"The Island," a new children's play at the Odyssey Theatre Ensemble, has no bright sets or costumes. Instead, it has the colorful Glorius Players, an engaging, talented cast of young people who overcame a slow first half Saturday to pull their audience into a wacky "message" tale of misfit islanders, greedy real estate agents and helpful dolphins.
It's a common element of children's theater: actors on a bare stage, no props or sets, relying on imagination--its own and the audience's--to tell a story. It's not as simple as it sounds. Good intentions and jolly faces won't do the trick. If the actors can't get the audience to actively participate, the whole experience can be an ordeal.
The Glorius Players caught the audience early with pre-show banter, lost it setting up the action--the cast initially overwhelmed the small Odyssey III theater space, garnering a certain wary watchfulness from some children--and then midway, with the appearance of a campy, comic villain who gave the play a dash of much-needed vinegar, won the audience's willing participation.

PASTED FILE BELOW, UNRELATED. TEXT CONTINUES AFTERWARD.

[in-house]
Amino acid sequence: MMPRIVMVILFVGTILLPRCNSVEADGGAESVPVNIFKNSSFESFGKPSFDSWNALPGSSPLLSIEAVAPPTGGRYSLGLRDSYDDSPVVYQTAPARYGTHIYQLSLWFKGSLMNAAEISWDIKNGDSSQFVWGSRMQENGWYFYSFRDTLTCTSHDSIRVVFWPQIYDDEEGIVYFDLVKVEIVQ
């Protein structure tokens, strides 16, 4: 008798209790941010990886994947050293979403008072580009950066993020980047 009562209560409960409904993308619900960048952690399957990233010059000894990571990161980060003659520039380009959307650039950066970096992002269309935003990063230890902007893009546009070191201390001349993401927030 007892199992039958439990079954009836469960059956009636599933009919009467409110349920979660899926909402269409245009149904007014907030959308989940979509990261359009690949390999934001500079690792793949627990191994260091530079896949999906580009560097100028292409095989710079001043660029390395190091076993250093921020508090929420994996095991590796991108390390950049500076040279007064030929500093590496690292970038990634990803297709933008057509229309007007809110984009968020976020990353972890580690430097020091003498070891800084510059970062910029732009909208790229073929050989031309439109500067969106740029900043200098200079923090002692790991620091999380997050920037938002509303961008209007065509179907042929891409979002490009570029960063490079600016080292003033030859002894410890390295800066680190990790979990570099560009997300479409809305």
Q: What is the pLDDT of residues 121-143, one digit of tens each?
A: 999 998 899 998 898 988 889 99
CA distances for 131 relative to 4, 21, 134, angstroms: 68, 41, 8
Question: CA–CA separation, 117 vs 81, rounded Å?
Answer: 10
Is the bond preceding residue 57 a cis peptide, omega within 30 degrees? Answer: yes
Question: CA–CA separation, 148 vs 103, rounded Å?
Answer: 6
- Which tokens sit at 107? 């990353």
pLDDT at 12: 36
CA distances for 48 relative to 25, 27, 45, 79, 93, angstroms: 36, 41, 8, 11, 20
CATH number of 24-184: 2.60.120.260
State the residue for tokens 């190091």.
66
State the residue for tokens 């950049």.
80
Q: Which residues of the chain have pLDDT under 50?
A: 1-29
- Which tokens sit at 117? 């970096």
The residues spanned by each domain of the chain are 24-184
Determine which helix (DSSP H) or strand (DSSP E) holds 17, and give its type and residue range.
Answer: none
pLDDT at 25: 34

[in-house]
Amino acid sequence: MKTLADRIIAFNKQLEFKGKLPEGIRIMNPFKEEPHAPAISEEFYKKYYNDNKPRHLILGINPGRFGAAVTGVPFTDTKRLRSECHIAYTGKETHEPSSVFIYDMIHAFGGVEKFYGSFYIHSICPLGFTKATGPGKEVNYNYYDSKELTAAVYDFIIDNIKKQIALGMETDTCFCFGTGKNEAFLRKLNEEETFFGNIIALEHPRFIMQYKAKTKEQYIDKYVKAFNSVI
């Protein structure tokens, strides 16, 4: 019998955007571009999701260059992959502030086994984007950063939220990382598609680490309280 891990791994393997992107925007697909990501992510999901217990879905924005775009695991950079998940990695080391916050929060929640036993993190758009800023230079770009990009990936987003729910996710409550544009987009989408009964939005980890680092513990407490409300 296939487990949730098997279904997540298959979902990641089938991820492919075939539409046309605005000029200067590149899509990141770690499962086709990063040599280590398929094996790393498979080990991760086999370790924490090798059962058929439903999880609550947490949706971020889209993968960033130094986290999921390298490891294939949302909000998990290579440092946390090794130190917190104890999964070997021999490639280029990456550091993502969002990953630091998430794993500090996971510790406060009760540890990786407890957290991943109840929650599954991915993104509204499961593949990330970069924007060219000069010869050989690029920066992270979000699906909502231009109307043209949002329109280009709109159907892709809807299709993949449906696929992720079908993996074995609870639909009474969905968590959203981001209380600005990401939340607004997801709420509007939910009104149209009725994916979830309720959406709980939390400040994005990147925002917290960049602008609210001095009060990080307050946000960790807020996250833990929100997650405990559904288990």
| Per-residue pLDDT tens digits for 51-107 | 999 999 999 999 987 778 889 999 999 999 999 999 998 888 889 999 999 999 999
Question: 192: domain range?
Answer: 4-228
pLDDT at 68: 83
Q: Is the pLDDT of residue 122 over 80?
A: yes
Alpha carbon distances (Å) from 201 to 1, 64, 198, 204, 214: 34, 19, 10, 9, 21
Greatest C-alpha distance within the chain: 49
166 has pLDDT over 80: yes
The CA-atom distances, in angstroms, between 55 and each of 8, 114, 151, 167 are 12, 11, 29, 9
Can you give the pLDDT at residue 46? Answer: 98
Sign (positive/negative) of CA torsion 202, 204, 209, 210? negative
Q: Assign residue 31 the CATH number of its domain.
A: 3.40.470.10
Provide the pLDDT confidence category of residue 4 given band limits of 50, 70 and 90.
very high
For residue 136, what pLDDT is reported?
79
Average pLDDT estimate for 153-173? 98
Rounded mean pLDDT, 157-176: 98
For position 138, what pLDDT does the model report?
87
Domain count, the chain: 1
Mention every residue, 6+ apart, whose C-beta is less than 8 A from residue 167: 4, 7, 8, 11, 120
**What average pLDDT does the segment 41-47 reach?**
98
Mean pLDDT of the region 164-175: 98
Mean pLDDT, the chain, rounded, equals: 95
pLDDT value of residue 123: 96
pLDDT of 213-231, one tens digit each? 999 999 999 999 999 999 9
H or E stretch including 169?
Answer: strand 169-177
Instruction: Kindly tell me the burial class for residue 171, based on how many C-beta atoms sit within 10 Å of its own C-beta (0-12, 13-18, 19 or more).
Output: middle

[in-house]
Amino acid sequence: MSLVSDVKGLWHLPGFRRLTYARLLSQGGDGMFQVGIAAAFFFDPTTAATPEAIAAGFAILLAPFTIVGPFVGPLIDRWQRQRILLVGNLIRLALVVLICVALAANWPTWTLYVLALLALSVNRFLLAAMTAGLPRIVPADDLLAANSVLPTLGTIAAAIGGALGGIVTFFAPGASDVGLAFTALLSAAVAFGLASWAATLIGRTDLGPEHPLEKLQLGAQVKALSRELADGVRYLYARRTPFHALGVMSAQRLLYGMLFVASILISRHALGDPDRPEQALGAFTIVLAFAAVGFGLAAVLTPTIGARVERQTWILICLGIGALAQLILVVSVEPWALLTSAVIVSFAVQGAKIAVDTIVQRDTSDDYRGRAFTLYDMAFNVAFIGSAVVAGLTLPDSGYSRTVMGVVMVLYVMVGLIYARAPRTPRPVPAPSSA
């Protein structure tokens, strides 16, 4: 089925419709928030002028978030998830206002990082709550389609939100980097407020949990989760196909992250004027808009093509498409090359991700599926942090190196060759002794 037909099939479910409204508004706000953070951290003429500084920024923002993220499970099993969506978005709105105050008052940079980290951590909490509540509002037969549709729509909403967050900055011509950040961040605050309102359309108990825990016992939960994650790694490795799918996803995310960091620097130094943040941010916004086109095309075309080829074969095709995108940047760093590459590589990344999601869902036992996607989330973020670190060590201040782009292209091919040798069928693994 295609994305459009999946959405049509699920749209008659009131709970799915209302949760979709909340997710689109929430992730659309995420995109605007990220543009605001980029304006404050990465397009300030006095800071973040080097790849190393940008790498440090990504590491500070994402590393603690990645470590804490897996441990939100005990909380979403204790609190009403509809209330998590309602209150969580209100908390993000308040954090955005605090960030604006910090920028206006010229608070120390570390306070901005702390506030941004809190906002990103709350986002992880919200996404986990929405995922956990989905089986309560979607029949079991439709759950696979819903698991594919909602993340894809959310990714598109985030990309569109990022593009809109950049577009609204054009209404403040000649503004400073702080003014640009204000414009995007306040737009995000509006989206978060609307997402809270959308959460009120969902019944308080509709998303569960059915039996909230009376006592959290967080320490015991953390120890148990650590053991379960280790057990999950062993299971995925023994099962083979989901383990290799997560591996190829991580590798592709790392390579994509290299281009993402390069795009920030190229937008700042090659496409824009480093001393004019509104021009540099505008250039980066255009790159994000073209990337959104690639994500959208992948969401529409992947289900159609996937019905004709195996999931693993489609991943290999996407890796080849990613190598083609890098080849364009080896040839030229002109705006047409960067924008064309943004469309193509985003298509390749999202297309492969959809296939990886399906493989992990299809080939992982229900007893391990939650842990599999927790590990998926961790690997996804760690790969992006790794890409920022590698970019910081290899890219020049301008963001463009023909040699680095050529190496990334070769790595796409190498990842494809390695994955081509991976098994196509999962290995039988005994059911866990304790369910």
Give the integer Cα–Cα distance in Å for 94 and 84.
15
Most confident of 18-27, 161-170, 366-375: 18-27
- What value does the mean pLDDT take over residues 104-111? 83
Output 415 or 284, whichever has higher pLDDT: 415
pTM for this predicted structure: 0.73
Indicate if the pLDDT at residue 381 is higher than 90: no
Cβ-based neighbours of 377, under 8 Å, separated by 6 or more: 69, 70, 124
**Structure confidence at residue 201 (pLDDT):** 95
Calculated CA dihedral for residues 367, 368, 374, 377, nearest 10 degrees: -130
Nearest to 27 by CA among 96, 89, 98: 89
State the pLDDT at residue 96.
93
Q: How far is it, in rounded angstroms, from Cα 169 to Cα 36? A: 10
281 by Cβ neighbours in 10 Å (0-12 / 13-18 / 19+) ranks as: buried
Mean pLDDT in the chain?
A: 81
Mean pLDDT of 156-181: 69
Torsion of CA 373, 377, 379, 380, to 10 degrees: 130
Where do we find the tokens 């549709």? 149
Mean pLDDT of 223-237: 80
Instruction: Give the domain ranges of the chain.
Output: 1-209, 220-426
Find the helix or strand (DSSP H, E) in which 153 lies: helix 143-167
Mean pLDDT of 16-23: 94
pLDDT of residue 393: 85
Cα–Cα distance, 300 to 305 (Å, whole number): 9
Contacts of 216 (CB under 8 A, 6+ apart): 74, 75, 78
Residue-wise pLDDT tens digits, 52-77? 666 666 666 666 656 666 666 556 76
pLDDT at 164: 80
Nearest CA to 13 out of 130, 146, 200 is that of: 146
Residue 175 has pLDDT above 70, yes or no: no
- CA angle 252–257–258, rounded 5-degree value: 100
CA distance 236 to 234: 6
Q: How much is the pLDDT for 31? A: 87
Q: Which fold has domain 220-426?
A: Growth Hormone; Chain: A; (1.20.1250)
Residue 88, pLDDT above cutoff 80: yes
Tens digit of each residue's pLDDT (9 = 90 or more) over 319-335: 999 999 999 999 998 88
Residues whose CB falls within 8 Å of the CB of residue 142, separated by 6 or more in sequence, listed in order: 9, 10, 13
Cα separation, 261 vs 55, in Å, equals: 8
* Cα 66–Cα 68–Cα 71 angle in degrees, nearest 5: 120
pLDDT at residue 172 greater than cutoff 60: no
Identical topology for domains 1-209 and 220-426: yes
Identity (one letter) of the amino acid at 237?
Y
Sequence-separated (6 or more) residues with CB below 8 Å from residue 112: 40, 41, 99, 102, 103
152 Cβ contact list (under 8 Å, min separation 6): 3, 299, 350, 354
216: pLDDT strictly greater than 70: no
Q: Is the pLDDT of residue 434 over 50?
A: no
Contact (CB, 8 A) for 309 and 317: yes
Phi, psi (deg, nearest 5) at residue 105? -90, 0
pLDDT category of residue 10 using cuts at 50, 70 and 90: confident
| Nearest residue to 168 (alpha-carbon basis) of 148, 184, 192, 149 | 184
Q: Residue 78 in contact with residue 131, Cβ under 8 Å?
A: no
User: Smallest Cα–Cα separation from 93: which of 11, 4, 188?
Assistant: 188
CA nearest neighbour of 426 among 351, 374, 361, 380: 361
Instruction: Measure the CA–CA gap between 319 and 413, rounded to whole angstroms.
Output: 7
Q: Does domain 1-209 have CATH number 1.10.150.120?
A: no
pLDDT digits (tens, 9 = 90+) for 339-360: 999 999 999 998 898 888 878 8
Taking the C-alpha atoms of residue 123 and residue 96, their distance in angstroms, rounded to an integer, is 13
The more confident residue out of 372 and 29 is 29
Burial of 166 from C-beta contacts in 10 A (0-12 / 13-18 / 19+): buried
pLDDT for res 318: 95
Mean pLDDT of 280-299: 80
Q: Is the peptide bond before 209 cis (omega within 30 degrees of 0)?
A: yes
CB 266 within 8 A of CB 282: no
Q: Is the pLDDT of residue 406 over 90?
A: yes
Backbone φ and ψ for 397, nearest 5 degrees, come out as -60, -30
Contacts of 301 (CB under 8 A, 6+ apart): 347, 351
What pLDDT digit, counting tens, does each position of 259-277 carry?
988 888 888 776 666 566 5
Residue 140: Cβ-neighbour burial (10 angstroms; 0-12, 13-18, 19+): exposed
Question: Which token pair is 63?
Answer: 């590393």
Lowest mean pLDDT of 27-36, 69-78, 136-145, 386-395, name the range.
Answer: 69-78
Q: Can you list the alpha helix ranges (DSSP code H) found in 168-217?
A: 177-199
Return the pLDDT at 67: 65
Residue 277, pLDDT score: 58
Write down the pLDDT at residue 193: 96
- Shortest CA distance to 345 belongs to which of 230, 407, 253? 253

Living on a mythical island are a giant (Ginny Clarkson), an actor who can't say the letter "s" (Jay McAdams), an introvert (Cheryl Crabtree) who copes with scary situations by pretending to be an animal and a character who is not too bright and painfully aware of it (Donna L. Stevens).